Iyer had humanised the concept of bail, making a lasting impact on the rights of the under-trials. He had always advocated against death penalty.
“The Constitution of India belongs to We, the people of India. This mean that even the criminals and condemned to death have to be governed by it,’’ Iyer wrote.
He had imposed stern conditions in making death penalty a rarity. His approach towards reformative theory had attracted international attention even Iyer was serving as a Supreme Court judge. In an International Conference on abolition of death penalty, he was invited to Stockholm to deliver an inaugural address by the “Amnesty International” in 1977. One of his rulings on death penalty in the case of Rajendra Prasad Singh verses State of UP was followed by Lord Scarman in the Judicial Committee of the Privy Council in Westminster. Iyer had been credited with several epoch-making judgments. In 1974, Iyer had a dissenting judgment interpreting the power of the cabinet and the president.
While urban waste management is still uphill task, Iyer directed the Municipality of Ratlam “the budgetary constraints did not absolve the municipality from performing its statutory obligation to provide sanitation facilities’’.
As a member of the SC bench that considered the first PIL, Iyer had taken a pro-active role in encouraging public to file PILs. Converting a prisoner’s letter from Tihar jail into a writ petition, Iyer had set another benchmark for the fight for human rights.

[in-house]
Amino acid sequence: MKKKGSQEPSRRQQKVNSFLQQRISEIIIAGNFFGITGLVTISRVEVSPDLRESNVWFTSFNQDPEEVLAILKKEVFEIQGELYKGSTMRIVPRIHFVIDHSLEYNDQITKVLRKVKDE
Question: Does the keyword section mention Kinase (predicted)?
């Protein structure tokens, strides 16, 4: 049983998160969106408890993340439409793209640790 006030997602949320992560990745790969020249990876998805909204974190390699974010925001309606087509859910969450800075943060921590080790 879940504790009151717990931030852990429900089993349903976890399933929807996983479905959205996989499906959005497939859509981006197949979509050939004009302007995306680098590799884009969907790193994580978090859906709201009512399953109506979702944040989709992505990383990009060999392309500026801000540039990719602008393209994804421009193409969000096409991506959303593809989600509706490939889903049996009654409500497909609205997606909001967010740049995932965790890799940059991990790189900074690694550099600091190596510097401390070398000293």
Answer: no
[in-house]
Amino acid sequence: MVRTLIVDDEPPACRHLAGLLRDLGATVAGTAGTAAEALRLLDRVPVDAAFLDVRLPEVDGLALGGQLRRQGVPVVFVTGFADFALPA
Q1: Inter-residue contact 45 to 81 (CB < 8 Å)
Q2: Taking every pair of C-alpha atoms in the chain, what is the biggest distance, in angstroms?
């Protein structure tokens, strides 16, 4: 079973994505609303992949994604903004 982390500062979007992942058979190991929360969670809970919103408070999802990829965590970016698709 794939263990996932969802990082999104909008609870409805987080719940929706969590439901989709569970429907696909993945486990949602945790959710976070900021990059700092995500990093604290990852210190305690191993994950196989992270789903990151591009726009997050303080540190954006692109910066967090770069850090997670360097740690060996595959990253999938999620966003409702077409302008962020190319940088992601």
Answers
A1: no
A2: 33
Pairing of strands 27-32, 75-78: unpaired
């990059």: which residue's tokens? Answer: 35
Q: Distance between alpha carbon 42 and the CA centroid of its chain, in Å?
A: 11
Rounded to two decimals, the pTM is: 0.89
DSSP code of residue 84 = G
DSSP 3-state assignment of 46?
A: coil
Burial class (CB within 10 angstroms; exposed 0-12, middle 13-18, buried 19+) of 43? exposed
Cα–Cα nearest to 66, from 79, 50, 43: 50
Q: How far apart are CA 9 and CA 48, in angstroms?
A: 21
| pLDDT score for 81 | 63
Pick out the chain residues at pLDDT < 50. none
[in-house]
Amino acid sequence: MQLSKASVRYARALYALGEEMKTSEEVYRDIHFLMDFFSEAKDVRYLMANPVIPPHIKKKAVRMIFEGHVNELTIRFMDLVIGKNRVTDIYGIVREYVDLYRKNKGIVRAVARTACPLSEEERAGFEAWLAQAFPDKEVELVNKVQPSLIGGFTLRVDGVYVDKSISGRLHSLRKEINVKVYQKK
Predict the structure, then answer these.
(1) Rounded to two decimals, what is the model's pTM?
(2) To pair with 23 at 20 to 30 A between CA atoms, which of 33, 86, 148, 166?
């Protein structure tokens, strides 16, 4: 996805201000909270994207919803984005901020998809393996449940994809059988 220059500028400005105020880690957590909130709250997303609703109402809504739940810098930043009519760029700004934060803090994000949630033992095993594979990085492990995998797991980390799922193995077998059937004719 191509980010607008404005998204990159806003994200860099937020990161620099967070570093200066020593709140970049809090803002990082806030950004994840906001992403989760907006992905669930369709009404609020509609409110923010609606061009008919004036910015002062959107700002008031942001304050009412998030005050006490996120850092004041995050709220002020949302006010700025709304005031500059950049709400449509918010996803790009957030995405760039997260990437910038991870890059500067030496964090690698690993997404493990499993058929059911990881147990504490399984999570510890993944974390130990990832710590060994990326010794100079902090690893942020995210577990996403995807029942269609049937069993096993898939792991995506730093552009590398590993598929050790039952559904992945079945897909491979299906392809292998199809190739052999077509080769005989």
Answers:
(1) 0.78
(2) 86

Iyer would also be remembered for his verdict in the election case of the former Prime Minister Indira Gandhi. Iyer stayed the Allahabad high court verdict which had nullified Gandhi’s election. The SC verdict allowed Gandhi to continue as prime minister. Later, when she declared emergency, Iyer was blamed for it.
If as a judge Iyer lived in the book of law, his post-retirement life was dedicated for common man’s rights. In a departure from the tradition of his fellow judges, Iyer was not just known to the bench and the bar. He raised the sane, impartial, erudite voice on every issue affecting society.
His house at Kochi was open for all. He had championed the cause of the poor, marginalized and the victimized sections in society. He had been reckoned as a last resort for those who had been denied justice.
Iyer had an active life delivering power-packed speeches and bringing out prolific writings on many topics. His integrity, erudition and sympathy won the hearts of everyone. In Kerala, had been a patron for several organisations, giving them a stamp of credibility. He had been a rare personality who was loved and revered by all political party leaders. Even in the last lap of life, the jurist in him was awake. A few years back, Iyer had made revolutionary recommendations to the state government as the chairman of law reforms committee. He was conferred with scores of honours, including Padmavibhushan. Russia had conferred on him the honour ‘the Order of Friendship’, the highest civilian award for a foreigner.